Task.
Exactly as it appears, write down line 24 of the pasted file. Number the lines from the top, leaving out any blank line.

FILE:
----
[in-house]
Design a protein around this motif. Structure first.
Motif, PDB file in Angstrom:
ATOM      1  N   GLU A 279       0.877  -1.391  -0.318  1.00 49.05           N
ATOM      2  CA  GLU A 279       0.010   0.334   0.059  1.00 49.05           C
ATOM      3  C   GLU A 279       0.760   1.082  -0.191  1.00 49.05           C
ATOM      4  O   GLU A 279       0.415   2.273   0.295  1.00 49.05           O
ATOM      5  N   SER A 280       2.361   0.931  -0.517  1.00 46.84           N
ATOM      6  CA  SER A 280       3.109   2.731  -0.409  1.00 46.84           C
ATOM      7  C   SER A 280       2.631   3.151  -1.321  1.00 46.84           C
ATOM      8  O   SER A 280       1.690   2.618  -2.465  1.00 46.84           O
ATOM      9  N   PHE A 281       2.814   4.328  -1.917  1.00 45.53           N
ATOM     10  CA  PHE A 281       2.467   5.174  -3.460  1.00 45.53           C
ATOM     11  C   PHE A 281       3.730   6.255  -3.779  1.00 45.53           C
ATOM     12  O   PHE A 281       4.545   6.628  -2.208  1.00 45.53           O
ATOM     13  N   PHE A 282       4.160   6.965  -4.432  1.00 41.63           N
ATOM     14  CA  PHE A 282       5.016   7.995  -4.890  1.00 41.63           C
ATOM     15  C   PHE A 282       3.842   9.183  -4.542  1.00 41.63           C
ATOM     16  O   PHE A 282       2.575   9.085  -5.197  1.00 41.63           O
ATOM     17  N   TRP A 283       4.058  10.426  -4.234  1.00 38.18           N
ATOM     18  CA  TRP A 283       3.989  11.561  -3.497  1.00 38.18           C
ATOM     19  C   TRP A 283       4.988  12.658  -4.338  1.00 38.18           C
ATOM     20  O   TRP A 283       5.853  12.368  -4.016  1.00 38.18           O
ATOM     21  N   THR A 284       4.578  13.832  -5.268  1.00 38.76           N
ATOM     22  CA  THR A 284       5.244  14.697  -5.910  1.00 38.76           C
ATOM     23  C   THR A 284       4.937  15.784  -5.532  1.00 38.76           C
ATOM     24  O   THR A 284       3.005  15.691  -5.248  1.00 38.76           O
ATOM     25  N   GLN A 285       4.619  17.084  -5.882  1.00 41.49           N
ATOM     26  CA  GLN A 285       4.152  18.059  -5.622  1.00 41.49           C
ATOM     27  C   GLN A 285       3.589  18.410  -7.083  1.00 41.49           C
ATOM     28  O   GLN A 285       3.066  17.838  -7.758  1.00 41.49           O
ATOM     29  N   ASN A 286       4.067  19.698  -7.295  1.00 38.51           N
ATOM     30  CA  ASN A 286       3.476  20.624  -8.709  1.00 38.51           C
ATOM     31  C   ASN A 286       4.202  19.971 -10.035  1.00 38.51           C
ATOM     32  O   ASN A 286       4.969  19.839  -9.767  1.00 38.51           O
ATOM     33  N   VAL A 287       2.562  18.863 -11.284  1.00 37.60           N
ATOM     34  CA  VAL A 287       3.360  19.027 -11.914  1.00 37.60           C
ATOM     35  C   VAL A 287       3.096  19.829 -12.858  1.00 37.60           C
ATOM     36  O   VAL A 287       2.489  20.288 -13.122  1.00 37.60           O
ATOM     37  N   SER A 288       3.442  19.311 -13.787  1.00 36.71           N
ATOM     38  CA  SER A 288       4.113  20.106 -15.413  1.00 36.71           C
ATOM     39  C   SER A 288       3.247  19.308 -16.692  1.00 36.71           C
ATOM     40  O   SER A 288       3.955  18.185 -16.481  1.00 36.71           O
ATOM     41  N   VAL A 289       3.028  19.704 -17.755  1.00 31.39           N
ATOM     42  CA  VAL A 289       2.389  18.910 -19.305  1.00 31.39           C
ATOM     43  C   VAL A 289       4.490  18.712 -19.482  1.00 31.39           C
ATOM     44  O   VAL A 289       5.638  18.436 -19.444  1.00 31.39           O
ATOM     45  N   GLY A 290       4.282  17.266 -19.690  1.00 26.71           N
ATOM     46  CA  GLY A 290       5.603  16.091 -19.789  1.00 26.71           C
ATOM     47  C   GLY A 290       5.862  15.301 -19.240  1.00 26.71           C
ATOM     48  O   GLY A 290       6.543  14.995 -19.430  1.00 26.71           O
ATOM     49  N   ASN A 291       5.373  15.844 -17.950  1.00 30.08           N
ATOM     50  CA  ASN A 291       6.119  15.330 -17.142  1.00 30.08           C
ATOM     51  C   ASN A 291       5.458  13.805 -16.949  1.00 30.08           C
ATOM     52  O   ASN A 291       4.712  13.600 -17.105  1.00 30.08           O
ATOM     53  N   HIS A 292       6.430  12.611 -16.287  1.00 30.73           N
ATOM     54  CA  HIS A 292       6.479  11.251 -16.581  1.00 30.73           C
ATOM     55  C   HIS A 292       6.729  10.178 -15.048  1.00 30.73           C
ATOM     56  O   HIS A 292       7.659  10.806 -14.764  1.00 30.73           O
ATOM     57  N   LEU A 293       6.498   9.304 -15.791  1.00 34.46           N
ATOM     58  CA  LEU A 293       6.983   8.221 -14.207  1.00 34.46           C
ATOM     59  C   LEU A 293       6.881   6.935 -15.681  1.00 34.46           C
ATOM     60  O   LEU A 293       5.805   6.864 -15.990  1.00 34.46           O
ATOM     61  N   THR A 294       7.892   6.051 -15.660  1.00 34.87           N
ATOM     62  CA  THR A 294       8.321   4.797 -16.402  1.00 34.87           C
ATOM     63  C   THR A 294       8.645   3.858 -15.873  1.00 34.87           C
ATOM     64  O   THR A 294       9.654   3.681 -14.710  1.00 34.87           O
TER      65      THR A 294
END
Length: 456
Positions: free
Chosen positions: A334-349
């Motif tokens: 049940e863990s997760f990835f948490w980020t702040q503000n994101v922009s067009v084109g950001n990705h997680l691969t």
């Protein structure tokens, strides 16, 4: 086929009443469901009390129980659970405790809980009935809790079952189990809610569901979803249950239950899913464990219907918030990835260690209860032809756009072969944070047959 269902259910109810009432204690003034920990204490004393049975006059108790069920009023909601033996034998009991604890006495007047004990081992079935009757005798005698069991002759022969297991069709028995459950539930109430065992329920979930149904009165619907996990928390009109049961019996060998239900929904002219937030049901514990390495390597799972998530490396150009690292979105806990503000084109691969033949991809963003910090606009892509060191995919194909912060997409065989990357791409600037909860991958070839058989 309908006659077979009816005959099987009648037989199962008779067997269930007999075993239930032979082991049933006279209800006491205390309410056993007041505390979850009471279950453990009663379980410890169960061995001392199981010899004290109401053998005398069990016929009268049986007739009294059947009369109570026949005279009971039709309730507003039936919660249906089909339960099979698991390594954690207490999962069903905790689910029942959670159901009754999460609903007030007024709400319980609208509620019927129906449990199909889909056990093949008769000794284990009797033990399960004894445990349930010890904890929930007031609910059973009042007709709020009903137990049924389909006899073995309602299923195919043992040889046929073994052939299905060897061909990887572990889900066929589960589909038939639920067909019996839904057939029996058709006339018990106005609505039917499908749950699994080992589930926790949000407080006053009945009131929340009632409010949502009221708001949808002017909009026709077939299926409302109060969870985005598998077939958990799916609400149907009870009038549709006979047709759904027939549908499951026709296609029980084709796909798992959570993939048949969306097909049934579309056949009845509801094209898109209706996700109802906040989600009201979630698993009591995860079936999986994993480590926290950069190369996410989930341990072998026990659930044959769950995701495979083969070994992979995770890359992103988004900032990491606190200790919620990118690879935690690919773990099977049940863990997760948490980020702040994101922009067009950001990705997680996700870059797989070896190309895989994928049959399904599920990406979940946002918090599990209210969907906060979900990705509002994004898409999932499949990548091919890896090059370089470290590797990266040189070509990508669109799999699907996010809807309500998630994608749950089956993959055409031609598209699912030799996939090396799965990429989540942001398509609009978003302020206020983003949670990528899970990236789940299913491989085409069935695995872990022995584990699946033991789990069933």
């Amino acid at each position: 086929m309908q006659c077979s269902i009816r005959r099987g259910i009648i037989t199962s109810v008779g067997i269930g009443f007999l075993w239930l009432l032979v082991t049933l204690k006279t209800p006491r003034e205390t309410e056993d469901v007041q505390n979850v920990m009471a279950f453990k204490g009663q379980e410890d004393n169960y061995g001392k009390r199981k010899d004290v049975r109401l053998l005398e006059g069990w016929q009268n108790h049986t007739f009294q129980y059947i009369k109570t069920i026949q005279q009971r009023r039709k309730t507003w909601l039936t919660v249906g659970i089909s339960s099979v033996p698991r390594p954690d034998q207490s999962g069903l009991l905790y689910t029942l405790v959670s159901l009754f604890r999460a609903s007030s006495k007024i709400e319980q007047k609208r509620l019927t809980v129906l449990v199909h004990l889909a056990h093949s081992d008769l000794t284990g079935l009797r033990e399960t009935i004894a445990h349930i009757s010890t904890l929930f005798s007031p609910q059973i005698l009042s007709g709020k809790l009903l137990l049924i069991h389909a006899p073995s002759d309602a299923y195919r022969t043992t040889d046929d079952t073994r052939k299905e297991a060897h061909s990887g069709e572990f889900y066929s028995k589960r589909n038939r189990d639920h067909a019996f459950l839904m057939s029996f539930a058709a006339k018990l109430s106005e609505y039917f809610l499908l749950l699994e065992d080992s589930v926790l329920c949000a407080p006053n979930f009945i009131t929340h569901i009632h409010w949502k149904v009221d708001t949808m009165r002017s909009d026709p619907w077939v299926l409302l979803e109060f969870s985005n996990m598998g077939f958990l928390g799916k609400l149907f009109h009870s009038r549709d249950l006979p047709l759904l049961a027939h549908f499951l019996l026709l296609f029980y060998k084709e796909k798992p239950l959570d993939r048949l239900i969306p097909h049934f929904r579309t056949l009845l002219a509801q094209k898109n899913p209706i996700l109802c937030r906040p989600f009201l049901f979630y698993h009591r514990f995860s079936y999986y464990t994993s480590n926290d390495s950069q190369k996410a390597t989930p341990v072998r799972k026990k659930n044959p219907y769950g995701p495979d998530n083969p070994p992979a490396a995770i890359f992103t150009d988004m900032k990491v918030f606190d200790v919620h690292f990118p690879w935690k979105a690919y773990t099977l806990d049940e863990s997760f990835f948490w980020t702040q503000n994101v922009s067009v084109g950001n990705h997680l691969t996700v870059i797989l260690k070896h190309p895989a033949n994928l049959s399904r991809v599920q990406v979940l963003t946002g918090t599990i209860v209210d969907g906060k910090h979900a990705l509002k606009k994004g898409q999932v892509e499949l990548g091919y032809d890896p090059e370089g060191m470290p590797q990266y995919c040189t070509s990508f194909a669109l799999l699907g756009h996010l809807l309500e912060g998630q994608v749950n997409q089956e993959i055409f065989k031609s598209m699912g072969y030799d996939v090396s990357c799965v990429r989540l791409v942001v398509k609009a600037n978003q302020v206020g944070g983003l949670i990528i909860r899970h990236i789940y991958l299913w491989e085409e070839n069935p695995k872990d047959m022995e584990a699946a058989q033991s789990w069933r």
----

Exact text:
ATOM     21  N   THR A 284       4.578  13.832  -5.268  1.00 38.76           N